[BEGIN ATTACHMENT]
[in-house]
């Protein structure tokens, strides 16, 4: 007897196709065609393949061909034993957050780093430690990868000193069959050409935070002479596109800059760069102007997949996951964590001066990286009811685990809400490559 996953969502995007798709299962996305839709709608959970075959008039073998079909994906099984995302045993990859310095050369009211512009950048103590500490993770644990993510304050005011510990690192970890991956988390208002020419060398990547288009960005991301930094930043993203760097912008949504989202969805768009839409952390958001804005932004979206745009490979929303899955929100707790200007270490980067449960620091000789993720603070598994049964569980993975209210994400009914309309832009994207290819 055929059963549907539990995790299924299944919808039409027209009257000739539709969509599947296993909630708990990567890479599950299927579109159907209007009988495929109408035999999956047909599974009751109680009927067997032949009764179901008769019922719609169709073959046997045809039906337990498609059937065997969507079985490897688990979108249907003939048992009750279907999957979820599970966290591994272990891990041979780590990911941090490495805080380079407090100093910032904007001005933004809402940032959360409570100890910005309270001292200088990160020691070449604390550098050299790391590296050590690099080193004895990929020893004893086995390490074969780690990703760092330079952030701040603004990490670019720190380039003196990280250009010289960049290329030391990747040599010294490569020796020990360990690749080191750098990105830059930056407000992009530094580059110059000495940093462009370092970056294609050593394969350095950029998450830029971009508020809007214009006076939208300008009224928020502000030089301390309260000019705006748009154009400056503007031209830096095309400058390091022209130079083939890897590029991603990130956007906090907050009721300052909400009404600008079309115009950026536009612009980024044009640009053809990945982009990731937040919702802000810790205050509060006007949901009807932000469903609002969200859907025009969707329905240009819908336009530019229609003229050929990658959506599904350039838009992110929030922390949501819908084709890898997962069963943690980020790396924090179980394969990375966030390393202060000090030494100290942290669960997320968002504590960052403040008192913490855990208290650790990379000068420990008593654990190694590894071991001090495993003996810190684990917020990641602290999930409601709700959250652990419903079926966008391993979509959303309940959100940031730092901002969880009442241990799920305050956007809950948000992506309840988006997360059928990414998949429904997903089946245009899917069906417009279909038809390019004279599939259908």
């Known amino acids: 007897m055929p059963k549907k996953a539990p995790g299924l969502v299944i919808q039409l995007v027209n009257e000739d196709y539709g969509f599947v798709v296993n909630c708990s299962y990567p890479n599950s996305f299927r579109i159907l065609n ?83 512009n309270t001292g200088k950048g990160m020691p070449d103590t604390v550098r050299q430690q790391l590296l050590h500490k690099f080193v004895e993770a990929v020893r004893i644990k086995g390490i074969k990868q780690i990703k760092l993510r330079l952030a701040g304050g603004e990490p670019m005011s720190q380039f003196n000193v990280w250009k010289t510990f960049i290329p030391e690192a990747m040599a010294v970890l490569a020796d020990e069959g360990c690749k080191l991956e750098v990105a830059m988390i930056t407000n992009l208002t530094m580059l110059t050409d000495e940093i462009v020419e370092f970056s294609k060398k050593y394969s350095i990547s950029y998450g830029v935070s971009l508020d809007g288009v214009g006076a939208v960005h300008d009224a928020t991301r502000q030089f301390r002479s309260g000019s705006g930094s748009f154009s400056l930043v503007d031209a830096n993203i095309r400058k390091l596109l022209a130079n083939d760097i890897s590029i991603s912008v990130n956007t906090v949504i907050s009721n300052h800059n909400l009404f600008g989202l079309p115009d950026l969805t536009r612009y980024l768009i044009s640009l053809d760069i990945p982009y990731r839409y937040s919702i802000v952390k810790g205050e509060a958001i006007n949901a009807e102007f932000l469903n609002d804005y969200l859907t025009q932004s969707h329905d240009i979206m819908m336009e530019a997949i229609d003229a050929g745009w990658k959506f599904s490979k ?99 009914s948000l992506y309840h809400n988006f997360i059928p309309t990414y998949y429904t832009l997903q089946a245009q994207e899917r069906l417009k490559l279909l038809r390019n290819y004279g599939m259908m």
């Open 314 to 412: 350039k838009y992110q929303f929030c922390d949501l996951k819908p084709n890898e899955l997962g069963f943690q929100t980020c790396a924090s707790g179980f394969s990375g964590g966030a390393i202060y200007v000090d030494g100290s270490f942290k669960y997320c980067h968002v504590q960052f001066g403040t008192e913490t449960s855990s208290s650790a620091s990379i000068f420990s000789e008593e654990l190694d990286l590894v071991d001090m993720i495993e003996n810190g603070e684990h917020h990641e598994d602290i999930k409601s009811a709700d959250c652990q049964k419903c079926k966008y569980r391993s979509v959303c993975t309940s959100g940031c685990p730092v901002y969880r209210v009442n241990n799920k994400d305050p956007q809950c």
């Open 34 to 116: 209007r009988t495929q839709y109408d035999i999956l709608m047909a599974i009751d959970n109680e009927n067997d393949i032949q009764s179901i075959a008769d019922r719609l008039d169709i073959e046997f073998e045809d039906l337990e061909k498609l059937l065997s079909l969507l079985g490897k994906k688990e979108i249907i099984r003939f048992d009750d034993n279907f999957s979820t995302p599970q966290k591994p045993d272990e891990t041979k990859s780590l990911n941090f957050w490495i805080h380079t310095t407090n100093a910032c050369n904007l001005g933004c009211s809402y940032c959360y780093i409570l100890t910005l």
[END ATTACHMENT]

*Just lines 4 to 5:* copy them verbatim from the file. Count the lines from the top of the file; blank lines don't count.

């Open 314 to 412: 350039k838009y992110q929303f929030c922390d949501l996951k819908p084709n890898e899955l997962g069963f943690q929100t980020c790396a924090s707790g179980f394969s990375g964590g966030a390393i202060y200007v000090d030494g100290s270490f942290k669960y997320c980067h968002v504590q960052f001066g403040t008192e913490t449960s855990s208290s650790a620091s990379i000068f420990s000789e008593e654990l190694d990286l590894v071991d001090m993720i495993e003996n810190g603070e684990h917020h990641e598994d602290i999930k409601s009811a709700d959250c652990q049964k419903c079926k966008y569980r391993s979509v959303c993975t309940s959100g940031c685990p730092v901002y969880r209210v009442n241990n799920k994400d305050p956007q809950c």
């Open 34 to 116: 209007r009988t495929q839709y109408d035999i999956l709608m047909a599974i009751d959970n109680e009927n067997d393949i032949q009764s179901i075959a008769d019922r719609l008039d169709i073959e046997f073998e045809d039906l337990e061909k498609l059937l065997s079909l969507l079985g490897k994906k688990e979108i249907i099984r003939f048992d009750d034993n279907f999957s979820t995302p599970q966290k591994p045993d272990e891990t041979k990859s780590l990911n941090f957050w490495i805080h380079t310095t407090n100093a910032c050369n904007l001005g933004c009211s809402y940032c959360y780093i409570l100890t910005l």